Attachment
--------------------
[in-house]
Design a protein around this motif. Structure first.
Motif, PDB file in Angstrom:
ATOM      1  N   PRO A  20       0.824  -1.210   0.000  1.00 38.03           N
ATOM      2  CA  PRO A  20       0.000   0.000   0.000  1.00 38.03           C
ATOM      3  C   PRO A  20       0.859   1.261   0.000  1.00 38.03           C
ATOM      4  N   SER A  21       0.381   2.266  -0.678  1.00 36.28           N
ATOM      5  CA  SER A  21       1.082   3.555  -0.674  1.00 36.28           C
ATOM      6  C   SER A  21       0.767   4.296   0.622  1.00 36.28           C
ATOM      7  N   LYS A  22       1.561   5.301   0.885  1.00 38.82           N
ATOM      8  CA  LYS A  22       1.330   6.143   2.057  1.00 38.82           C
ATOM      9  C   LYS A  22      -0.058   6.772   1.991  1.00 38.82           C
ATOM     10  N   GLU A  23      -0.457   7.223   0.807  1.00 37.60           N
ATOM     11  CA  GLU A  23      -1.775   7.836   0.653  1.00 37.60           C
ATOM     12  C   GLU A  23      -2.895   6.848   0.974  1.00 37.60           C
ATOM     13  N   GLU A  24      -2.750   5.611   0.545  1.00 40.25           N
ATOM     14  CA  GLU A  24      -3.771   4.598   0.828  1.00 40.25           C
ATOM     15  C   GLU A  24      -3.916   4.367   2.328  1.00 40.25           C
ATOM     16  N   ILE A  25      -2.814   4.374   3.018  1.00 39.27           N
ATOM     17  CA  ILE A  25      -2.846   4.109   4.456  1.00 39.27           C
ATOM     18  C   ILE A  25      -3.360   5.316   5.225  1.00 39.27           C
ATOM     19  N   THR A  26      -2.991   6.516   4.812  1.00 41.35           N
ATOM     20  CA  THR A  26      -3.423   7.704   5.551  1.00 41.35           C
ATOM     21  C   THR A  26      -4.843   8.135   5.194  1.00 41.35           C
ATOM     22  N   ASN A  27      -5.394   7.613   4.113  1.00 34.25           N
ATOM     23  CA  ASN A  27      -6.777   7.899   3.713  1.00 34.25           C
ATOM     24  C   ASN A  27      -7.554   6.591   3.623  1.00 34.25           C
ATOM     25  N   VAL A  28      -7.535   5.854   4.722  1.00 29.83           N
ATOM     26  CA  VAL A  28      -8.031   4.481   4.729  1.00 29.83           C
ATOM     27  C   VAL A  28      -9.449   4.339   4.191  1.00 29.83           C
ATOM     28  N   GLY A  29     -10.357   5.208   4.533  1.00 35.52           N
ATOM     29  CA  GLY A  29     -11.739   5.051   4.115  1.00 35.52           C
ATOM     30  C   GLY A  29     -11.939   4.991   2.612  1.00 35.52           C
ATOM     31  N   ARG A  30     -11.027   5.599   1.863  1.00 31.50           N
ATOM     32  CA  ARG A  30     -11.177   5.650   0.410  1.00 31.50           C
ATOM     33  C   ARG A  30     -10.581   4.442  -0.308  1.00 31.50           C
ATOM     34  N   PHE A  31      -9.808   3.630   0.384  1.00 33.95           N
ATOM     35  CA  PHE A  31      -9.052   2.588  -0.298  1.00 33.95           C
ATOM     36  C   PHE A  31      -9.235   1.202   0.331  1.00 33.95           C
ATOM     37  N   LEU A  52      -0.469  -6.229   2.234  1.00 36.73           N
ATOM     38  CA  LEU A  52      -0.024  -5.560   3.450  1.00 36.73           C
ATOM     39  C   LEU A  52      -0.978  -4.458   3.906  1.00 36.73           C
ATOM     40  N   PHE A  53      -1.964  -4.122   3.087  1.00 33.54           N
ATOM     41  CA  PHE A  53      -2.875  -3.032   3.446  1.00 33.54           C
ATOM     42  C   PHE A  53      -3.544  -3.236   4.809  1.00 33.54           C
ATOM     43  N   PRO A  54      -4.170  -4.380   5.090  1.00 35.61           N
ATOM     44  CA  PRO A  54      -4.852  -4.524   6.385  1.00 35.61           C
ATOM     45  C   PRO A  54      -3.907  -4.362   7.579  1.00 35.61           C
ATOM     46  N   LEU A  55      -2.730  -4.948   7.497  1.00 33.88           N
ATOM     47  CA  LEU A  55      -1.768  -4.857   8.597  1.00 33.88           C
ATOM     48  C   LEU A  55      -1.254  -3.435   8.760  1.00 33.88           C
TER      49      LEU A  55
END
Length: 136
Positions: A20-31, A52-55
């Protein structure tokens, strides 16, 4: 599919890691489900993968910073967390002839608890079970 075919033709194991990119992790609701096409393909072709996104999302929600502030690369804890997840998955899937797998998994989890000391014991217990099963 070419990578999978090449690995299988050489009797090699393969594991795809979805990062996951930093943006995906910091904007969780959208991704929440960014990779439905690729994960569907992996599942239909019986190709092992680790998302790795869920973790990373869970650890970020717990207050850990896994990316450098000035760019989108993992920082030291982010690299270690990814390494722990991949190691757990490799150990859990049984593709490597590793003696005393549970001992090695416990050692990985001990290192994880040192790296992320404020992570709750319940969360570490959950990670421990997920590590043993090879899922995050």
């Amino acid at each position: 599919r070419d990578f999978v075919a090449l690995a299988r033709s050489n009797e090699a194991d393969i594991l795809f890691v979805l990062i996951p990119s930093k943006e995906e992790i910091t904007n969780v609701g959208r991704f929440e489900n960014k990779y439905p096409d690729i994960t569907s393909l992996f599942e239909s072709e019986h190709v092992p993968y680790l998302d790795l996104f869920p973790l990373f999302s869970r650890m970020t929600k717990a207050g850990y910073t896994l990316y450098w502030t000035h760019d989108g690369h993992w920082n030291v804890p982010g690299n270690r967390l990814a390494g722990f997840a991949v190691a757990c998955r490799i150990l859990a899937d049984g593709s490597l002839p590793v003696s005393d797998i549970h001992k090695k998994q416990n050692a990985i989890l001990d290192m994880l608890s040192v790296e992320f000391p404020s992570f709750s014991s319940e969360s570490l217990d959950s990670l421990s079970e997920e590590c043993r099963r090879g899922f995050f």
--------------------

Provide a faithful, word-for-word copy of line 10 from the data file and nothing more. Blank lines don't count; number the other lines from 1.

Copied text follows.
ATOM      7  N   LYS A  22       1.561   5.301   0.885  1.00 38.82           N